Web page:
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ericarru
Contributor

Preceding Load Performance

Hello, i have read

Preceding Load

and https://www.quickintelligence.co.uk/preceding-load-qlikview/ but i still have some dubts about preceding load. Is this:

Load  ..., ReferenceDate,

   Age( ReferenceDate, BirthDate ) as Age;

Load  *,

   Date( FromDate + IterNo() – 1 ) as ReferenceDate

   Resident Policies

      While IterNo() <= ToDate - FromDate + 1 ;

Is faster than This:


TmpTable:

Load  *,

   Date( FromDate + IterNo() – 1 ) as ReferenceDate

   Resident Policies

      While IterNo() <= ToDate - FromDate + 1 ;

Table:

Load  ..., ReferenceDate,

   Age( ReferenceDate, BirthDate ) as Age

From TmpTable;

And Why. So It's preceding load doing some kind of shortcut or just a way to to don't have the need to have lots of temp tables when you do calculations like flags etc.

1 Solution

Accepted Solutions

Re: Preceding Load Performance

Preceding Load is indeed a kind of shortcut: Records from the first (bottom) Load are piped into the preceding Load (the upper load), so that only one pass is made through data.

With a resident load from a temp table, multiple passes are made, and this usually takes more time.

HIC

View solution in original post

12 Replies

Re: Preceding Load Performance

Preceding Load is indeed a kind of shortcut: Records from the first (bottom) Load are piped into the preceding Load (the upper load), so that only one pass is made through data.

With a resident load from a temp table, multiple passes are made, and this usually takes more time.

HIC

View solution in original post

ericarru
Contributor

Re: Preceding Load Performance

Thank you hic‌, I assume then that the time difference is due to save, rename, load and drop and it is not like the time that takes to load one per register is less with the preceding load like happen if you compare the loadtime per register of a QVD file compared to a csv (and maybe a resident ?).

Re: Preceding Load Performance

The time difference is due to the fact that a record needs to be read twice when using a resident load (once in the original load, and once in the resident load). It has nothing to do with the file format.

However, we have had a bug that affected the multi-threading of a preceding load, and made this slower, so you got the "opposite" result. I'm not sure about the status of this bug, but if it is fixed, the preceding load is faster.

HIC

MVP & Luminary
MVP & Luminary

Re: Preceding Load Performance

Hi Henric,

are you sure that a preceeding load-chain should be always faster as a chain of resident-loads?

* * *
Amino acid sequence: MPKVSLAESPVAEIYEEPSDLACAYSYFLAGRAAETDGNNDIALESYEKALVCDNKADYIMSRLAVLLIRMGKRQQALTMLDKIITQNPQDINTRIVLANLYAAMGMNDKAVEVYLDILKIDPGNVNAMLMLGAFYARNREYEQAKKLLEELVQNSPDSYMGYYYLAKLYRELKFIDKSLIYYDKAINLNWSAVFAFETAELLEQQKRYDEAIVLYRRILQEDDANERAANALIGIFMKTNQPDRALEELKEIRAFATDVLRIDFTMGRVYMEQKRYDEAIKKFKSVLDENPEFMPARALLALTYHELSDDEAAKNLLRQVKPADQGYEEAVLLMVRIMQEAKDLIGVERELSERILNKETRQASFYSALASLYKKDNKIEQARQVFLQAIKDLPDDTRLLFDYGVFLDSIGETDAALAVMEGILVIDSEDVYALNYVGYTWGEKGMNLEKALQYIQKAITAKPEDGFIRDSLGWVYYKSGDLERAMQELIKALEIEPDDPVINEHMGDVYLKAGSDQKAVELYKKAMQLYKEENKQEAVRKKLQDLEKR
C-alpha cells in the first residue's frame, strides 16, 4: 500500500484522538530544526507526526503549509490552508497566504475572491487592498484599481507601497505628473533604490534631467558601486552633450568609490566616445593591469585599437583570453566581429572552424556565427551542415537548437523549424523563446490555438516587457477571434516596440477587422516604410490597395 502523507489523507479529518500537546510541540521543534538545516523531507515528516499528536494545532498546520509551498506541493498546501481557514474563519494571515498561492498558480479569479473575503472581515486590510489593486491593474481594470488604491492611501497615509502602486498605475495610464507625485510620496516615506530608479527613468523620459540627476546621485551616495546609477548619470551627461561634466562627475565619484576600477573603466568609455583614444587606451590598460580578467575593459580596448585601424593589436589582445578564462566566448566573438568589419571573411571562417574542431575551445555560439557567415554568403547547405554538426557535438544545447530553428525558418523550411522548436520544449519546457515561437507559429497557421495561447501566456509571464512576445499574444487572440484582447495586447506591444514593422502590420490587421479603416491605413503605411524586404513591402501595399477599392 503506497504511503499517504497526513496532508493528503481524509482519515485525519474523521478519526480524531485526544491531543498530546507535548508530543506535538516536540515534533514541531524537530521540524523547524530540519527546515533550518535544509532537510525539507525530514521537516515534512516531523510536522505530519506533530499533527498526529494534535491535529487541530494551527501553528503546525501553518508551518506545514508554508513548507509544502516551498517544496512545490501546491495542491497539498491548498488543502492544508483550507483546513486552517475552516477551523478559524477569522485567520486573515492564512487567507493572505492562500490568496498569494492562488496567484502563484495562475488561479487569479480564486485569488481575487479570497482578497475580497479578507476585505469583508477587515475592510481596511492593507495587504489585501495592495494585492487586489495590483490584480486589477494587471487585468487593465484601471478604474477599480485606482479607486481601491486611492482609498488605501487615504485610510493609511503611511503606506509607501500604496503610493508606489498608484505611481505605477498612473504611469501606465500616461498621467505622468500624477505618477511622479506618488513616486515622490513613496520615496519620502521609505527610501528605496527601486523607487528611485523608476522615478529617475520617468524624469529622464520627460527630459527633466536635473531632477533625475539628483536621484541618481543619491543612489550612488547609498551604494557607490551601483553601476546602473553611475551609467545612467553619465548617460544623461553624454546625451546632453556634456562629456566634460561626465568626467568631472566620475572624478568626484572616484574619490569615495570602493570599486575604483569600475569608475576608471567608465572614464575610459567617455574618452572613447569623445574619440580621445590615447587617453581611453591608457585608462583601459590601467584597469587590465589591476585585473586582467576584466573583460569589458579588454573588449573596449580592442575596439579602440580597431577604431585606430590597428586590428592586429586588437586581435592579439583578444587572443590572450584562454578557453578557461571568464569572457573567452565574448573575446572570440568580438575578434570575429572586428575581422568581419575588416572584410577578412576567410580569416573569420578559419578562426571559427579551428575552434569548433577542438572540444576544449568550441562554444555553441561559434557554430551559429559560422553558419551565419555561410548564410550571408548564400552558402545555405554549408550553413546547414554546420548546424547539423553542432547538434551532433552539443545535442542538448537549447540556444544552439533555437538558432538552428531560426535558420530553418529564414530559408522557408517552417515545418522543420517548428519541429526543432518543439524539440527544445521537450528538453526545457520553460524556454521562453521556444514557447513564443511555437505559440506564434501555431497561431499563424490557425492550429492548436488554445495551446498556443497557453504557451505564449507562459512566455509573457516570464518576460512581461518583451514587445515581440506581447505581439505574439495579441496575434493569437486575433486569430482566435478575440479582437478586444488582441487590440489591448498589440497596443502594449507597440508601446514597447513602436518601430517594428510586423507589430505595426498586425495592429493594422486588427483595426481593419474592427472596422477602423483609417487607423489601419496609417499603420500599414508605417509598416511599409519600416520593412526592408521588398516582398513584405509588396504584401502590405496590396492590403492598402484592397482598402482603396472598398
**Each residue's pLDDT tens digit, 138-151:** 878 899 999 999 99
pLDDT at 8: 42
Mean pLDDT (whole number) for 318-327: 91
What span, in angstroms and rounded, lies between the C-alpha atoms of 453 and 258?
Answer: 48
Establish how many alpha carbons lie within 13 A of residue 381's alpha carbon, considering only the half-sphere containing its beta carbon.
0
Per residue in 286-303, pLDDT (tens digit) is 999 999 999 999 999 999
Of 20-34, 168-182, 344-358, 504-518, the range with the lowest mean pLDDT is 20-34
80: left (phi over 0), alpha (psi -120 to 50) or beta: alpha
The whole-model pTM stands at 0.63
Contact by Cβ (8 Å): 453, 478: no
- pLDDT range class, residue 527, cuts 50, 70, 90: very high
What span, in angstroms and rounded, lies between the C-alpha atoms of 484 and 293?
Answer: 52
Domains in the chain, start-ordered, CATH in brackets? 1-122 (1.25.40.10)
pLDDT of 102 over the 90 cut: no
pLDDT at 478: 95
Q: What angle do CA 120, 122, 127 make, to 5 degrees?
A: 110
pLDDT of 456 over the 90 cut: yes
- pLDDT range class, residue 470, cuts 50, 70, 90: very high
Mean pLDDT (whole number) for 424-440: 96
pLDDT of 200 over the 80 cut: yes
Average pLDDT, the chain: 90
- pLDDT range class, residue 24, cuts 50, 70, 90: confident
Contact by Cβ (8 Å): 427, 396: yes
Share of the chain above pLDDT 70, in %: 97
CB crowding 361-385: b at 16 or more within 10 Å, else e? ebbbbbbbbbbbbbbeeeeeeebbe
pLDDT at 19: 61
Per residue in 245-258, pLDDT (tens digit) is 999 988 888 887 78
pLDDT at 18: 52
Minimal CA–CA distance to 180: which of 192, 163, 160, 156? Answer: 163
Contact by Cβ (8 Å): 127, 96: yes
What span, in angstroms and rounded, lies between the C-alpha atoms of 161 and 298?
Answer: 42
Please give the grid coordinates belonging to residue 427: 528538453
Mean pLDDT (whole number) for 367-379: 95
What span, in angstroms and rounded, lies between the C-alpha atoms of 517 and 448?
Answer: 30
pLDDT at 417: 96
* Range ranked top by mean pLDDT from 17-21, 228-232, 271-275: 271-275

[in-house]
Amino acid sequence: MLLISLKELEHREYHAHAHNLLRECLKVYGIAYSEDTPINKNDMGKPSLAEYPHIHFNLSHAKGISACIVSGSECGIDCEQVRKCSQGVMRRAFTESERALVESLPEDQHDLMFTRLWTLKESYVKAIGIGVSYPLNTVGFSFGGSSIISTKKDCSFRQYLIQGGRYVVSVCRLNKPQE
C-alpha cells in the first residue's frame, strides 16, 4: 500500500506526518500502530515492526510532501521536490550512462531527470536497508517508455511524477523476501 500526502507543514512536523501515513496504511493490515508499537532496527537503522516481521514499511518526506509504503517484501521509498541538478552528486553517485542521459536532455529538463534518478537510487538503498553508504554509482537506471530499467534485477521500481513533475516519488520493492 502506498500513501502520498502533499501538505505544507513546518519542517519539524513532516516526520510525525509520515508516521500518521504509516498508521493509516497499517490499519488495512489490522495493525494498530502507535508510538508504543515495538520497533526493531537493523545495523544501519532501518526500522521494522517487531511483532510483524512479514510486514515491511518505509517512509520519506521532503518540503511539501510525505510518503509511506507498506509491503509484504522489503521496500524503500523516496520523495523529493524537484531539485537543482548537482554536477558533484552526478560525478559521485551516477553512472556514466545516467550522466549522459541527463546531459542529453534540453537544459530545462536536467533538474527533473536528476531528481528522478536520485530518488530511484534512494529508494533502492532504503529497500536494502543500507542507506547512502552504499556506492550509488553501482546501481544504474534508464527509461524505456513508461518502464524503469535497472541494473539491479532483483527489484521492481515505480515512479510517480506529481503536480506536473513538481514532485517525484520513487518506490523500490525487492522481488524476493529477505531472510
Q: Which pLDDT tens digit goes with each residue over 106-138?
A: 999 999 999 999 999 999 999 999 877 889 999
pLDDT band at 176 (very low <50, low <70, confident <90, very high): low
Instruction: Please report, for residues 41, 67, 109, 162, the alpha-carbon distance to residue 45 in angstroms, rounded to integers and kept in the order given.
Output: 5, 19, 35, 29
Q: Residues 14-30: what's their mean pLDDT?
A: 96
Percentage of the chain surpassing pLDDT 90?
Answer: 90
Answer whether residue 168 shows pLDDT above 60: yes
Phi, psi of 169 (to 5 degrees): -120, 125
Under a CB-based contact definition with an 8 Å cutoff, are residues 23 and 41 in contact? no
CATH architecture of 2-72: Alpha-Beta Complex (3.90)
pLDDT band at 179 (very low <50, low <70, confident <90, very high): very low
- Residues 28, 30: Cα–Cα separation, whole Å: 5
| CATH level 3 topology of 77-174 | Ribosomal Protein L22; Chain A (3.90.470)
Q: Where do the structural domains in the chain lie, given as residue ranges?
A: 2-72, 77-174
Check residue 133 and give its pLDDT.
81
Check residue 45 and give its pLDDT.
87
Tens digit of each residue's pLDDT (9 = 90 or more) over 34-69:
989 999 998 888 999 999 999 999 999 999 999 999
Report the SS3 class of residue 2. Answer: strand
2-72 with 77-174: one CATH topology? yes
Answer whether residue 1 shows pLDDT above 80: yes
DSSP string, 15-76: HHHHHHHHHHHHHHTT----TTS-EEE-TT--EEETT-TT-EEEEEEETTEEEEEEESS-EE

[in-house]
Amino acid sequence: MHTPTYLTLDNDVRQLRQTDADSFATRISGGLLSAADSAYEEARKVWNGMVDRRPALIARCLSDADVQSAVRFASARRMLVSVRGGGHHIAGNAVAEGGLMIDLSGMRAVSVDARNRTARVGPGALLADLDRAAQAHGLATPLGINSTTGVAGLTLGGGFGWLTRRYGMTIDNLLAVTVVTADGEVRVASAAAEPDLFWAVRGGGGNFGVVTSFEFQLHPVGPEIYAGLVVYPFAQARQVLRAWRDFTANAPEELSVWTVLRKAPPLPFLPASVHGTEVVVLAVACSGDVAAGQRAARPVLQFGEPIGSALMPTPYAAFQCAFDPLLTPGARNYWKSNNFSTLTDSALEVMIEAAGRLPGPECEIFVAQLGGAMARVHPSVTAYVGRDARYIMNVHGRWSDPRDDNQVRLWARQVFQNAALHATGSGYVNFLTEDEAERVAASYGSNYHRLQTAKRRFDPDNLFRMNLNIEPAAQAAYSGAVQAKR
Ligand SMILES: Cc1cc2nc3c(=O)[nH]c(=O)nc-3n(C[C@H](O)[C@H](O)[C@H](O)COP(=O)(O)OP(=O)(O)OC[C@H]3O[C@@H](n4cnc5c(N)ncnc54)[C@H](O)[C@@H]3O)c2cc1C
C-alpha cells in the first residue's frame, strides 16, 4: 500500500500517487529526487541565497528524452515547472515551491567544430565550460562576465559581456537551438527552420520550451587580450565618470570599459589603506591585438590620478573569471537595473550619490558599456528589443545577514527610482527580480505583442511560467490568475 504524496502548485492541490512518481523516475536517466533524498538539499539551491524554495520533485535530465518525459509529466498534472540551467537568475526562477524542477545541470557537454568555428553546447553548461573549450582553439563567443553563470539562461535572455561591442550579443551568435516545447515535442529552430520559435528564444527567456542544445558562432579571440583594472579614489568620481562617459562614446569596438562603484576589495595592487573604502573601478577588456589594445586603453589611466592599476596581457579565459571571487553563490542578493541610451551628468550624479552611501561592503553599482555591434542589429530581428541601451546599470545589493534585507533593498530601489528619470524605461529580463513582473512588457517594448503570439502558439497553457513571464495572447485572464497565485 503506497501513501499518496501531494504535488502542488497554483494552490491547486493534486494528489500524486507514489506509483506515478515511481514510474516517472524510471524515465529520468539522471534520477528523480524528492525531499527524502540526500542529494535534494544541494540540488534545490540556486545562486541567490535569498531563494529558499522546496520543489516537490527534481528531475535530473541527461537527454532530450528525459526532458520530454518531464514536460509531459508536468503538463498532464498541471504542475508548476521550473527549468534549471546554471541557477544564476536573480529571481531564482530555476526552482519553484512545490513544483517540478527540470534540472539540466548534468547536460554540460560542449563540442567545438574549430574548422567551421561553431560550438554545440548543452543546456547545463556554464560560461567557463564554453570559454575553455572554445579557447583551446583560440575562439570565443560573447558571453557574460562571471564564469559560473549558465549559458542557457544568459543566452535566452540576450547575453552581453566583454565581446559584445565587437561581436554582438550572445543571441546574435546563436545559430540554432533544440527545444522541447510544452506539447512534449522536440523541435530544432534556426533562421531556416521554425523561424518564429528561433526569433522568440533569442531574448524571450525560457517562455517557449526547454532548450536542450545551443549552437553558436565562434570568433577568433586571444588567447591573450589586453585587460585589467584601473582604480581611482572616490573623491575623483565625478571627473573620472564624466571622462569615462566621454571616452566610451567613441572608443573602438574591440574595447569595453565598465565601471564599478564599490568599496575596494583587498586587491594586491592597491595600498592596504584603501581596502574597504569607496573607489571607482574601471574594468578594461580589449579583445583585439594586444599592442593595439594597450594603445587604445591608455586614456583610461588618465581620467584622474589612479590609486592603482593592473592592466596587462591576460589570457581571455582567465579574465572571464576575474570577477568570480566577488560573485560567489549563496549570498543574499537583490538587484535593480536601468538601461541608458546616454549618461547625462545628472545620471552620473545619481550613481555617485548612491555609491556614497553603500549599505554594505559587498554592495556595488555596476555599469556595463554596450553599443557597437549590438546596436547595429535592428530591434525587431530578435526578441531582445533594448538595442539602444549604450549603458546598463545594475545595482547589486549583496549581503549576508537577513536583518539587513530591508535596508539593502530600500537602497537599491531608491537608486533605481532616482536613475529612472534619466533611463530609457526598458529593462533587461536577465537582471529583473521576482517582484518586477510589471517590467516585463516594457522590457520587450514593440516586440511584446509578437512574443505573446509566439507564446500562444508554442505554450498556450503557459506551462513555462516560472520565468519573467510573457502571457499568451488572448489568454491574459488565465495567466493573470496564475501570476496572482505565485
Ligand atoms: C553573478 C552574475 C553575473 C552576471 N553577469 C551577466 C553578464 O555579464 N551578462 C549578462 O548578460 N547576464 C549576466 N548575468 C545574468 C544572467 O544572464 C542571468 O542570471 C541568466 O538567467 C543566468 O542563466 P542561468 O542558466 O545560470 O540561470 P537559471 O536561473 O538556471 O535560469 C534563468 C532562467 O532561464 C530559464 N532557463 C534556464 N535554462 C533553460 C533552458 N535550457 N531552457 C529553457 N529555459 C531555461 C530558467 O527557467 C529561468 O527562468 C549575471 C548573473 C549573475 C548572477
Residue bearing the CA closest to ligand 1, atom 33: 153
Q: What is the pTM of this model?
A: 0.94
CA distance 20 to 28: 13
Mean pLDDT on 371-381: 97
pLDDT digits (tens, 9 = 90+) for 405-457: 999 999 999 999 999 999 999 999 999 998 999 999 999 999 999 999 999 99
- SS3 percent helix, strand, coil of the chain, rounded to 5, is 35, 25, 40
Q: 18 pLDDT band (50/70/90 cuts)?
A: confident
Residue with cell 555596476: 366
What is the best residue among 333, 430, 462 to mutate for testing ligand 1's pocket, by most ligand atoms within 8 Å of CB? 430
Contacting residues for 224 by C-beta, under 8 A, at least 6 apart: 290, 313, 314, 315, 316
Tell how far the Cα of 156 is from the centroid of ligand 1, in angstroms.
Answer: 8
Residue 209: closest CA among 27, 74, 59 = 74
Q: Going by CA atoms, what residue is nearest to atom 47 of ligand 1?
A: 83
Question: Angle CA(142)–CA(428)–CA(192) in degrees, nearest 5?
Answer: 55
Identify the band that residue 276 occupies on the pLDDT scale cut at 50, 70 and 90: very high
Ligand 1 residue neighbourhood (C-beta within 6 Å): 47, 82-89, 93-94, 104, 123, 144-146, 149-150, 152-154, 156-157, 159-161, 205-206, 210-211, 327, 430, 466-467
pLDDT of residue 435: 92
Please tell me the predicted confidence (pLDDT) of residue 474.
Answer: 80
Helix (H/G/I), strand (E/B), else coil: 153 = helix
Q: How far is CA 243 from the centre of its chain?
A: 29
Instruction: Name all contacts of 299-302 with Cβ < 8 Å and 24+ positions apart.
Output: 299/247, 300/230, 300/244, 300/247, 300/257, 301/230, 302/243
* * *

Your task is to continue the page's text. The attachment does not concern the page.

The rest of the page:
Without a special need to optimize the load-times I prefer the preceeding load-approach because it's easier and provides a better overview but I had had cases in which a resident load-chain was approximately 2 - 3 times faster than the preceeding load-chain. Of course it's a bit comparing apples with pears because I reduced a 5-load-chain into a 2-load-chain but even if I had also reduced the preceeding-chain to maybe a 2/3-load-chain it wouldn't be faster as the resident-chain.

Further I should mention that the loadings contains a lot of fields and dozens of quite heavily nested calculations and the used release was QV 11.2 SR 12.

There is already a good testing to this topic which results in a quite significantely overhead by preceeding loads - is it really caused from a bug or are there further impacts?

The Cost of Preceding Load | Qlikview Cookbook

- Marcus

Re: Preceding Load Performance

Marcus

I am aware of Rob's test that you link to, and Rob's findings are correct. They are however caused by what I consider to be a bug. The bug is that a preceding Load causes the Load to become single-threaded, and thus slower. So if you compare a single-threaded preceding Load with a multi-threaded resident Load, then the latter is faster.

I am unsure about the status of the bug, but once fixed I dare say that a preceding Load (one step in a preceding-Load-chain) should always be faster than a resident Load.

HIC

Luminary
Luminary

Re: Preceding Load Performance

Thanks,

I also have a long outstanding question:

Which is better/faster :

RESIDENT load or

WRITING TO QVD AND OPTIMIZED load?

Dion.

Re: Preceding Load Performance

I would guess that a resident Load is faster, mainly because of the disk access time of the Store command. However, with today's solid state disks, disk access is fast, so I am not sure...

But what's the use case? If you need to load the table once more, then it is probably because you need to transform data in some way, and then the QVD will not be loaded optimized. Or ... ?

HIC

ericarru
Contributor

Re: Preceding Load Performance

And why is that the preceding load does not need to read the records twice? I guess that is kind of a way (the only one) to crate a calculated column and read it while reading the same row in order not to do the calculation twice. More or less the same that would happen if existed the function "peek( Calculated_Column, 0 )"

Re: Preceding Load Performance

Mainly because in a preceding load, the result of the calculations done on each individual row during the first load are kept in a 1-record buffer and this single-record buffer then serves as source for the calculations done during the preceding load before the end-result is stored as a single row in the final table. And this is done record-by-record.

That is probably what Henric describes as "Records from the first (bottom) Load are piped into the preceding Load".

Or as a list of operations:

  1. Open the source table
  2. Read the first record
  3. Perform 1st LOAD operations on this record
  4. Perform 2nd LOAD operations on this record
  5. Store row in target table
  6. Read second record
  7. ...